Wednesday, September 17, 2008

Know Your Rights: Constitution Day

On September 17th, 1787, attendees at the U.S. Constitutional Convention made history by signing the one of the most important documents in the world. Now, some 221 years later, America proudly recognizes the ratification of the United States Constitution (as well as all individuals who've become citizens by either coming of age or through the process of naturalization). Today is Constitution Day. Does this matter to your students? Do they know their rights? How informed are they about their liberties? Integrate a little technology: listen to a digital audio recitation of the Constitution as read by David P. Currie, the Edward H. Levi Distinguished Service Professor Emeritus of University of Chicago Law School.

Essential questions related to this topic:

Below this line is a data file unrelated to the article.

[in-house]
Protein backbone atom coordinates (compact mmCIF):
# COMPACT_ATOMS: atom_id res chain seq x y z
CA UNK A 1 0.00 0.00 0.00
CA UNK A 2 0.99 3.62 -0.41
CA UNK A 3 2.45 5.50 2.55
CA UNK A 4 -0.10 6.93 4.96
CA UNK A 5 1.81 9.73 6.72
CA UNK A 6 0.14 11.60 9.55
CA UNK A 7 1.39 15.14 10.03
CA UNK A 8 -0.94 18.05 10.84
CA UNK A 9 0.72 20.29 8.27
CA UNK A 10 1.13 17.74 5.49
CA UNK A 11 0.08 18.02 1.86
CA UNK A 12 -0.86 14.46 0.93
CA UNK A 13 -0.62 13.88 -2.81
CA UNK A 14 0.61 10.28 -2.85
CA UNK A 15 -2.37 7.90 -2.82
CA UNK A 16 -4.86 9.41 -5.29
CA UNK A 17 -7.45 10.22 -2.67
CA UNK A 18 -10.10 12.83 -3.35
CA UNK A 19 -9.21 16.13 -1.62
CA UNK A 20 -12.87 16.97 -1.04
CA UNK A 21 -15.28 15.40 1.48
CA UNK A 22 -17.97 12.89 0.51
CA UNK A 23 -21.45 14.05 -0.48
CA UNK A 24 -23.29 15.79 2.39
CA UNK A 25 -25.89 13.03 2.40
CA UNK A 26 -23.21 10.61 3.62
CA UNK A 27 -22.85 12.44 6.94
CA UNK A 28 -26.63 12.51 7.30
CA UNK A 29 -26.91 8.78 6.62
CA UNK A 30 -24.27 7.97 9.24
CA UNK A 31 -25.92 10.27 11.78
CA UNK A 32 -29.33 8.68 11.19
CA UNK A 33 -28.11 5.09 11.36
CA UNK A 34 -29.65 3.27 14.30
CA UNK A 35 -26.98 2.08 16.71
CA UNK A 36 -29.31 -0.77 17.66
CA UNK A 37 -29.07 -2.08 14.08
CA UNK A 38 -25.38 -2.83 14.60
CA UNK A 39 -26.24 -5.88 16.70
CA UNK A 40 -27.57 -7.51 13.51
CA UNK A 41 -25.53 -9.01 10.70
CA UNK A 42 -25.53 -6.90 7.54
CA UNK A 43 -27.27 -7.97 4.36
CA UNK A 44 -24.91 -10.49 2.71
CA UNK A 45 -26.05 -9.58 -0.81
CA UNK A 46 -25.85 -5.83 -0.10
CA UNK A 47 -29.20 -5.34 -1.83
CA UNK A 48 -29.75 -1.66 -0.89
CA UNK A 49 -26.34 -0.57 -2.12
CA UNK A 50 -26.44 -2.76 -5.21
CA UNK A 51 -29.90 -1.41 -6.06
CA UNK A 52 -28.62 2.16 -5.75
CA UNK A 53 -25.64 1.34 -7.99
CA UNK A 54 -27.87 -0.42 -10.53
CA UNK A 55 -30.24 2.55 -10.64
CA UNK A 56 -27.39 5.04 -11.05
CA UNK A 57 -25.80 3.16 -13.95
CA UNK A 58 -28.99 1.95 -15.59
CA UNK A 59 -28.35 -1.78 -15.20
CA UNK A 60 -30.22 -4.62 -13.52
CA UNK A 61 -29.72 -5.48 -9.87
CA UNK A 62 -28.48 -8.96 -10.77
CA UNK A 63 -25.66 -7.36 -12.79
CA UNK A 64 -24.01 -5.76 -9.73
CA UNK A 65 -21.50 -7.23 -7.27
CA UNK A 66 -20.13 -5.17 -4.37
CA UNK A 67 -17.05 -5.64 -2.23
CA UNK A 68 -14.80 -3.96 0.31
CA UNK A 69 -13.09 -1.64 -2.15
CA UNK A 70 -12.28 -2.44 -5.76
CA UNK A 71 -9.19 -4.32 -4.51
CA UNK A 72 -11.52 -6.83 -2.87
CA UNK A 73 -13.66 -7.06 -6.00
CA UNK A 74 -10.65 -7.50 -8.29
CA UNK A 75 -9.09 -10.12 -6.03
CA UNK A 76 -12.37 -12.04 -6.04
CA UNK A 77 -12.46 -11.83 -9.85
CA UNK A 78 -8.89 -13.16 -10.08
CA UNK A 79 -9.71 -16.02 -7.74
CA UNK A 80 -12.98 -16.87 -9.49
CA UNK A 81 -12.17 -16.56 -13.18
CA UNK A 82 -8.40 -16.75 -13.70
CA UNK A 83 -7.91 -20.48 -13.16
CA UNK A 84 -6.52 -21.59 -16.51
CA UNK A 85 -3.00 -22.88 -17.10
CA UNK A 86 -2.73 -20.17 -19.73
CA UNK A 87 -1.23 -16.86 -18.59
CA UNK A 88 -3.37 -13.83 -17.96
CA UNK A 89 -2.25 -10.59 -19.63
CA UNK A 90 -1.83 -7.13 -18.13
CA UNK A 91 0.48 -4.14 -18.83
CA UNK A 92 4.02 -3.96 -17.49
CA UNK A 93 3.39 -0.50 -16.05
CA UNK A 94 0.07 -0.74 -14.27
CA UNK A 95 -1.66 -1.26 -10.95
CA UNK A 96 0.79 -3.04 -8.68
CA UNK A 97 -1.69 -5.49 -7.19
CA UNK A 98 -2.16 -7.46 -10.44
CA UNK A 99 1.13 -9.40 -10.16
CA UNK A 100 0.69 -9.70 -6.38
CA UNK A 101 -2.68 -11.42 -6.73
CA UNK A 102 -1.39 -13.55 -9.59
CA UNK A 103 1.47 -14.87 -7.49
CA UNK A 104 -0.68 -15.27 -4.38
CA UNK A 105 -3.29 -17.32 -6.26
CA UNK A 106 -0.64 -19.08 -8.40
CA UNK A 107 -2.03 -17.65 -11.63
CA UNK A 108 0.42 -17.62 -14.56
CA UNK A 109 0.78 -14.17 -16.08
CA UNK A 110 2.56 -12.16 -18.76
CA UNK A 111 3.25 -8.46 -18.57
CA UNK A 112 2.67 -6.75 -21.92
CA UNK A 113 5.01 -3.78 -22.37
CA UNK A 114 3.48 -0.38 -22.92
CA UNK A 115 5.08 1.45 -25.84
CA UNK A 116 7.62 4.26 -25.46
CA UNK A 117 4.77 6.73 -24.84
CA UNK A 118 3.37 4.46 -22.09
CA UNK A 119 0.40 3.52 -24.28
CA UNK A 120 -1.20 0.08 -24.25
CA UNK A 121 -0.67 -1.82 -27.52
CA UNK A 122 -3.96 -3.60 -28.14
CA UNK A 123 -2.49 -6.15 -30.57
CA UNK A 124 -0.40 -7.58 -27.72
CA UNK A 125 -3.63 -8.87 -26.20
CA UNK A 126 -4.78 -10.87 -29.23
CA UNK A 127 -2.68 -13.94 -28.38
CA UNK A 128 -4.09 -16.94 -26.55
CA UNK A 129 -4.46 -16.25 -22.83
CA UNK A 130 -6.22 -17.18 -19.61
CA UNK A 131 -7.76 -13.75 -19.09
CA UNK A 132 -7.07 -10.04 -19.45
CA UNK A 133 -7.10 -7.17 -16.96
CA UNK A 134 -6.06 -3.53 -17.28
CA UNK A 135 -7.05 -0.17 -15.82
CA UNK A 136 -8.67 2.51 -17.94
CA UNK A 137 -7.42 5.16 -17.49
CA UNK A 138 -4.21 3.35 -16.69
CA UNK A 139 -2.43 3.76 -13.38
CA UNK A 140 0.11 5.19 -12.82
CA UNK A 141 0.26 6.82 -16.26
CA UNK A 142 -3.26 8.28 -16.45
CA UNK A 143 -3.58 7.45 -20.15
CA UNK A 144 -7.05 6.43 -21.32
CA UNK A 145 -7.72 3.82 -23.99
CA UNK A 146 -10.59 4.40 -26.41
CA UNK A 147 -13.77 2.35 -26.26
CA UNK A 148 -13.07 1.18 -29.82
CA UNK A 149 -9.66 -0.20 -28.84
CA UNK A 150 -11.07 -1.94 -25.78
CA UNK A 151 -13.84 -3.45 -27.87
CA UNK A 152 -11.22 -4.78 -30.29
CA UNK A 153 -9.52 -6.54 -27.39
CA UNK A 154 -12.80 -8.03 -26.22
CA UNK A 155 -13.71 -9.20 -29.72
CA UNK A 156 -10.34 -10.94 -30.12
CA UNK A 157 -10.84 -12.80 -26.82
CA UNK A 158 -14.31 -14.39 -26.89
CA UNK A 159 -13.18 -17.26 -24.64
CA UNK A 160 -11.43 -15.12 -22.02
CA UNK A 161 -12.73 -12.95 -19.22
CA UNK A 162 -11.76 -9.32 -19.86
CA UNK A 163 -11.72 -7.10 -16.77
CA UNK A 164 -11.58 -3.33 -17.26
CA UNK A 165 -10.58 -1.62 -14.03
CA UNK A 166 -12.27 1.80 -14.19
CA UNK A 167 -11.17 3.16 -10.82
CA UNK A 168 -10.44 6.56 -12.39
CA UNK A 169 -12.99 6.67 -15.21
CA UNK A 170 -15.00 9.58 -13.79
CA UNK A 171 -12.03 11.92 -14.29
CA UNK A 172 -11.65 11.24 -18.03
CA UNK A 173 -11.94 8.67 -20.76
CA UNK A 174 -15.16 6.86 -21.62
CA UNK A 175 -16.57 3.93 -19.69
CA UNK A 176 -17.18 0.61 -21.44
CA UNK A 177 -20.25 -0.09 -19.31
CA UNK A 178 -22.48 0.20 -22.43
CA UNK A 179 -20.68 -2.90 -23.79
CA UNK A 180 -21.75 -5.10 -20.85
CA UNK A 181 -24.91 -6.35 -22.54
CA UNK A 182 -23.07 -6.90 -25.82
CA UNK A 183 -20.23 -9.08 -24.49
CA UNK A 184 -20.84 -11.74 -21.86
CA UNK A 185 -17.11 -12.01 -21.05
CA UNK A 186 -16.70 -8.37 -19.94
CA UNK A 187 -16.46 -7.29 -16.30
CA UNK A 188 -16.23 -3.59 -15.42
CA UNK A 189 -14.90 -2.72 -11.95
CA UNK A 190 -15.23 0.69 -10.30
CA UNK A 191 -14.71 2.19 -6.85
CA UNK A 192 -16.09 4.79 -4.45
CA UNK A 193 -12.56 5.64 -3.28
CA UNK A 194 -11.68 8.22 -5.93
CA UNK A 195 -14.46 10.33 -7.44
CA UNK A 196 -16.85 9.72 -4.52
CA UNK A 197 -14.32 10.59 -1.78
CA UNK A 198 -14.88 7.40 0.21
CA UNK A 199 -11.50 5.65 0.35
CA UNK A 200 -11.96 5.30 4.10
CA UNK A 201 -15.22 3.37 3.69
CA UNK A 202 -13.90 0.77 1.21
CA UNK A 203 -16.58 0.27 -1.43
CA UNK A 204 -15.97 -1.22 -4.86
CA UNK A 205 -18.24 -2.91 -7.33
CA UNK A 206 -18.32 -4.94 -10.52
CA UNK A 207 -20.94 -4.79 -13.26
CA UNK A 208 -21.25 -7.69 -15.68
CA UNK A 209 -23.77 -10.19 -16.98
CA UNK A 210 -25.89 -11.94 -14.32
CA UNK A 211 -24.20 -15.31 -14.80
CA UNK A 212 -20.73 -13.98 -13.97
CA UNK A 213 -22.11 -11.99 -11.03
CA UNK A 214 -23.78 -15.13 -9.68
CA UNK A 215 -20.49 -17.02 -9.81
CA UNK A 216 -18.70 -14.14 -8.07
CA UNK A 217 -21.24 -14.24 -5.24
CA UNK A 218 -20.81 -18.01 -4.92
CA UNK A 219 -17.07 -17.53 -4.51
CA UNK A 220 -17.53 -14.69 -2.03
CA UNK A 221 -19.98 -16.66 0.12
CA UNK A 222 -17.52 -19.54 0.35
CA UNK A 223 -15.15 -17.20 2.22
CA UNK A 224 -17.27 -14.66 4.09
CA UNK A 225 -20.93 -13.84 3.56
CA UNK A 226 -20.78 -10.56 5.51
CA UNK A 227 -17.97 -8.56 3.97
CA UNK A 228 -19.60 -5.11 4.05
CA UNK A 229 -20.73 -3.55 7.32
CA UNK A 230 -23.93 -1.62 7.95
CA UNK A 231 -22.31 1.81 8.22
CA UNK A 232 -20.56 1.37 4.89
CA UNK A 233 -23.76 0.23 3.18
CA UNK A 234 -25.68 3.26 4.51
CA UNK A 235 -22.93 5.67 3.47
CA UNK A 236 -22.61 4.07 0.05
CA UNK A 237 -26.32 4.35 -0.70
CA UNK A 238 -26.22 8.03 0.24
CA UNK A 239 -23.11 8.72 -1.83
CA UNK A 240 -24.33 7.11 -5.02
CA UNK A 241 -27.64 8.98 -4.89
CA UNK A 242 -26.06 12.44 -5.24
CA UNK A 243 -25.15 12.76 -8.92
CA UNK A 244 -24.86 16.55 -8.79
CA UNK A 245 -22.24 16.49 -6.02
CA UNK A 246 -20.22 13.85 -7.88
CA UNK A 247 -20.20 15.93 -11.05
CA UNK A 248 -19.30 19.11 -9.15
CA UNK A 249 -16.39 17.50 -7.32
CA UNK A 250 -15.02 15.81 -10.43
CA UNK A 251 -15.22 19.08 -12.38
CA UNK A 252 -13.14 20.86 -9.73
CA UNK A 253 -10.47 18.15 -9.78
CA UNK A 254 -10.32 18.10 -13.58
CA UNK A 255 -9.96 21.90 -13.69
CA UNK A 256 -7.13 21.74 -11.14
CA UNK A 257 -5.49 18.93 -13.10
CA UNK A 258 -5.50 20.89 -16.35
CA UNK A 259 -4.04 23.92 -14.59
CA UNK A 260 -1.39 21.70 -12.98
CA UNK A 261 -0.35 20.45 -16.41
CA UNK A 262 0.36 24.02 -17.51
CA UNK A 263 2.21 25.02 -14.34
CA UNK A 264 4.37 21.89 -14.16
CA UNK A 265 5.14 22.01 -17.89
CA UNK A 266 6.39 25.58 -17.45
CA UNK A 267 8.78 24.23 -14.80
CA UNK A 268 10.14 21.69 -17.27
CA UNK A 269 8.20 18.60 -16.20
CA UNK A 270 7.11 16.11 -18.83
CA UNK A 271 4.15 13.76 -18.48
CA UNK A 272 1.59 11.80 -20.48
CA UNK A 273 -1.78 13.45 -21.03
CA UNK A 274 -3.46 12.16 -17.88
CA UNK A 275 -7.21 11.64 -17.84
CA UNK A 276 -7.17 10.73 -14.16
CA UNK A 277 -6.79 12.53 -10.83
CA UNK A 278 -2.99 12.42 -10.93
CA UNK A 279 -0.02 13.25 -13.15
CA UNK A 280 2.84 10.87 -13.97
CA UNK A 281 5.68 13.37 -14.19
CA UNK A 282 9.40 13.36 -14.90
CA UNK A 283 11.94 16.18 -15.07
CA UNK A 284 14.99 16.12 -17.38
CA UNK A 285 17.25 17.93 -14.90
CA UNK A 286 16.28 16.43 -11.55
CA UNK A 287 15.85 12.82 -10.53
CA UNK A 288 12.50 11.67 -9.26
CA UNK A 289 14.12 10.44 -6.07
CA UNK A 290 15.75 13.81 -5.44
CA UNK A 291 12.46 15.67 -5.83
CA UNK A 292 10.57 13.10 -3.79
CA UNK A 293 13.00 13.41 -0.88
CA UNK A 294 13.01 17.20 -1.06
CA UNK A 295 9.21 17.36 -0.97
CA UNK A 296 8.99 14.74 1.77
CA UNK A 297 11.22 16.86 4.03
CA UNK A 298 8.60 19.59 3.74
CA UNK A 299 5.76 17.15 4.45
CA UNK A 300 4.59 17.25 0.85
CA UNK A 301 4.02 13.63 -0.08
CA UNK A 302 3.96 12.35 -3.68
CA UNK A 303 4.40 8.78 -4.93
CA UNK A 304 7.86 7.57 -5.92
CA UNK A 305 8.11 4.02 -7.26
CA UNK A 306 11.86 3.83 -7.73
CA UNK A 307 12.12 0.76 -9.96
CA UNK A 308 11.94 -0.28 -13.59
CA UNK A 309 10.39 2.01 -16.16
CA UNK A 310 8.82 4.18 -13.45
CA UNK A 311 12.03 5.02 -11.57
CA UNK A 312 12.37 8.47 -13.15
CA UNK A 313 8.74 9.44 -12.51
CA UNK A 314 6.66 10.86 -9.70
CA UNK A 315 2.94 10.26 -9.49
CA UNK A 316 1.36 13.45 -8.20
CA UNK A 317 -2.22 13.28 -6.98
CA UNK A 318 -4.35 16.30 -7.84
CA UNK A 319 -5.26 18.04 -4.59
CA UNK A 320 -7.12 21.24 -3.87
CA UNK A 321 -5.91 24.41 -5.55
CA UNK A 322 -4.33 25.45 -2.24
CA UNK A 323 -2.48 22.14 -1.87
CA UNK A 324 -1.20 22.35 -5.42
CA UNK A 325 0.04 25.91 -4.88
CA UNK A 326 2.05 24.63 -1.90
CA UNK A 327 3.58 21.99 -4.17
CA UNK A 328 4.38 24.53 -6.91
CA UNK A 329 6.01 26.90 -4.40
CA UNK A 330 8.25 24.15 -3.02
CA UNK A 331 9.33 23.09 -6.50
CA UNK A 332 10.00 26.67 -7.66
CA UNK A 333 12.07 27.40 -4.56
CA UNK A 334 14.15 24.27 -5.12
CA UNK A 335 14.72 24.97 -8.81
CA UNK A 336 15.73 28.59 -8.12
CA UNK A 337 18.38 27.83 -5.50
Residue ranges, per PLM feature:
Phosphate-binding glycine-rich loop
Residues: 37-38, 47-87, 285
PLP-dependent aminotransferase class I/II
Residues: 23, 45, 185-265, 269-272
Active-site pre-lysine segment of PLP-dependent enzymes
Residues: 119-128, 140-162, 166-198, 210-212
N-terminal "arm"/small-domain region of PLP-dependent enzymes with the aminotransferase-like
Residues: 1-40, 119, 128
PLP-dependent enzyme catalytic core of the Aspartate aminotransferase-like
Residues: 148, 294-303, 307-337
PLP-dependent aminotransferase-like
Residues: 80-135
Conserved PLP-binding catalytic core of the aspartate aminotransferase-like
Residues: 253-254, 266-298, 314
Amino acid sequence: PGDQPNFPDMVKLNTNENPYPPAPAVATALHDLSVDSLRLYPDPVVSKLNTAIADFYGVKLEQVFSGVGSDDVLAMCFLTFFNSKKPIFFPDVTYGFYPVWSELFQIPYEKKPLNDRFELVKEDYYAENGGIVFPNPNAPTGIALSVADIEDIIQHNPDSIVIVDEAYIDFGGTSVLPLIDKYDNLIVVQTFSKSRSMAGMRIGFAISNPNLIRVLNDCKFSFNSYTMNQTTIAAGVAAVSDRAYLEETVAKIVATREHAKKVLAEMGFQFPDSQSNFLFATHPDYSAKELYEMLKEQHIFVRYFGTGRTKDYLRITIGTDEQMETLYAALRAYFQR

• What's the best/worst way to interpret the Constitution?
  • Is the Constitution the best means of resolving the struggle between security and liberty?
  • What (if anything) is the most important reason to understand or support the continued use of the Constitution?
  • How can the Constitution be improved?
  • What's the best evidence of the power of the Constitution?
  • What is the most good the Constitution has done for any individual in the history of our nation?
  • What is the weakest part of the Constitution?
  • What is the single, most important right insured by the Constitution?
  • What is the most compelling reason to deny and/or suspend an individual's or group's rights as guaranteed by the Constitution? Should these rights ever be suspended?
  • Which individual is the epitome of the ideals expressed in the Constitution (i.e., who is a role model for the ideals expressed in the document)?
  • How can/could the Constitution be reworded so as to express the same (or even more noble) ideals for a larger audience?

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